Sticky Rice': Variety Inertia in a Technologically Progressive State of India

In this paper, we study an interesting case of variety inertia in an otherwise technologically progressive region of India. We examine the high adoption of Pusa 44, an environmentally unsustainable, old rice variety in Punjab, despite the availability of many newer improved varieties and the overall technological advancement of agriculture in the region. We use detailed household data on variety adoption and crop economics, collected from a primary survey conducted in 2017. We find that the stickiness of Pusa 44, i.e. the resistance of rice farmers to adopt newer and more sustainable varieties, is explained by a lack of economic incentives. The private benefits obtained from higher yields of Pusa 44 compared to other varieties, far exceed its immediate costs, as the use of ground water resources is easy and inexpensive. Moreover, farmers perceive yield as the most important of variety traits, which further affects their choice in favour of Pusa 44. Policy intervention is important in this set up where the natural resource cost is not fully realized, and growing Pusa 44 results in negative externalities. We find some evidence that government intervention in the seed supply system can help promote the switch to newer, more sustainable rice varieties. Acknowledgement : We acknowledge the Indian Council of Agricultural Research (ICAR) for their financial support to conduct this study.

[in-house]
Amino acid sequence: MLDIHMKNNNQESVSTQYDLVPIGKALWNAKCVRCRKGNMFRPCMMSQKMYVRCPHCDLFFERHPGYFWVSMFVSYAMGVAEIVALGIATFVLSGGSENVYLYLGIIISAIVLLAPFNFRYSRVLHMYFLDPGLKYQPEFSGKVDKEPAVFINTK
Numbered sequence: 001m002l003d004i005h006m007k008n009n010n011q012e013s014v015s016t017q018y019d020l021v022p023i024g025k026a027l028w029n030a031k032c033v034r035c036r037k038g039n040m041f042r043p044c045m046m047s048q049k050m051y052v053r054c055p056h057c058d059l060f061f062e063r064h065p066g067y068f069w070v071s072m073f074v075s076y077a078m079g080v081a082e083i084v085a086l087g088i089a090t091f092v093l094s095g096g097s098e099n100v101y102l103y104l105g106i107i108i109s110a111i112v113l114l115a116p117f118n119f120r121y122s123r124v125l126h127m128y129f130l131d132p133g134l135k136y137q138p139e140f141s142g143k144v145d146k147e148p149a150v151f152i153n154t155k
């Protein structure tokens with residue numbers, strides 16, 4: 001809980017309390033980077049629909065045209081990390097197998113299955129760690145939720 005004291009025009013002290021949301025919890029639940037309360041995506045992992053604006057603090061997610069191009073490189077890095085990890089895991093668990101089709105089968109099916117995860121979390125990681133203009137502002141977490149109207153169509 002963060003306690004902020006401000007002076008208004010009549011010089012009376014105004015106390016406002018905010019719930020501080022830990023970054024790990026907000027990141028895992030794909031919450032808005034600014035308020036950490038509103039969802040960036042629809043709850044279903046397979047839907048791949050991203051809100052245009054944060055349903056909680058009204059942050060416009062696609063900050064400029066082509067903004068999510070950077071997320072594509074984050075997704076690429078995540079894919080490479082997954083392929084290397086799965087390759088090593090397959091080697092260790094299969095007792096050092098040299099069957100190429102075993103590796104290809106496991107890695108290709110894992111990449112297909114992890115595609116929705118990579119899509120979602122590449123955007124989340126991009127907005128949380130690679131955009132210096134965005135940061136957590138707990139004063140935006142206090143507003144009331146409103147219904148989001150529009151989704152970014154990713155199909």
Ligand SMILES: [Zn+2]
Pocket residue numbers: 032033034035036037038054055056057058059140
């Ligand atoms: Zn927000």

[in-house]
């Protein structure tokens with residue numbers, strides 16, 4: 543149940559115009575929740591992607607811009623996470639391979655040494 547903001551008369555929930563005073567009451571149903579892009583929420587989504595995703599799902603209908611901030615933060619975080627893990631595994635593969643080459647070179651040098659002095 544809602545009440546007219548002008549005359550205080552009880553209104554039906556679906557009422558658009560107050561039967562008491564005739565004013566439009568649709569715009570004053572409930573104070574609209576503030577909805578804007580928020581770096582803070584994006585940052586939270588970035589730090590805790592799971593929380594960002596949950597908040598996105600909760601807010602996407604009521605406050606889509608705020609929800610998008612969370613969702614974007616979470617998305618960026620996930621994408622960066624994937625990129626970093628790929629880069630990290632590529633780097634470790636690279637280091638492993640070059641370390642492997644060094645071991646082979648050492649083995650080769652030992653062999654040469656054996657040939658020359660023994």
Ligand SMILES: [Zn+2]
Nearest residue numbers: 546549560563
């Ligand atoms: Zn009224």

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Conference Paper/ Presentation
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JEL Codes:
O33; Q01

 Record created 2018-10-02, last modified 2020-10-28

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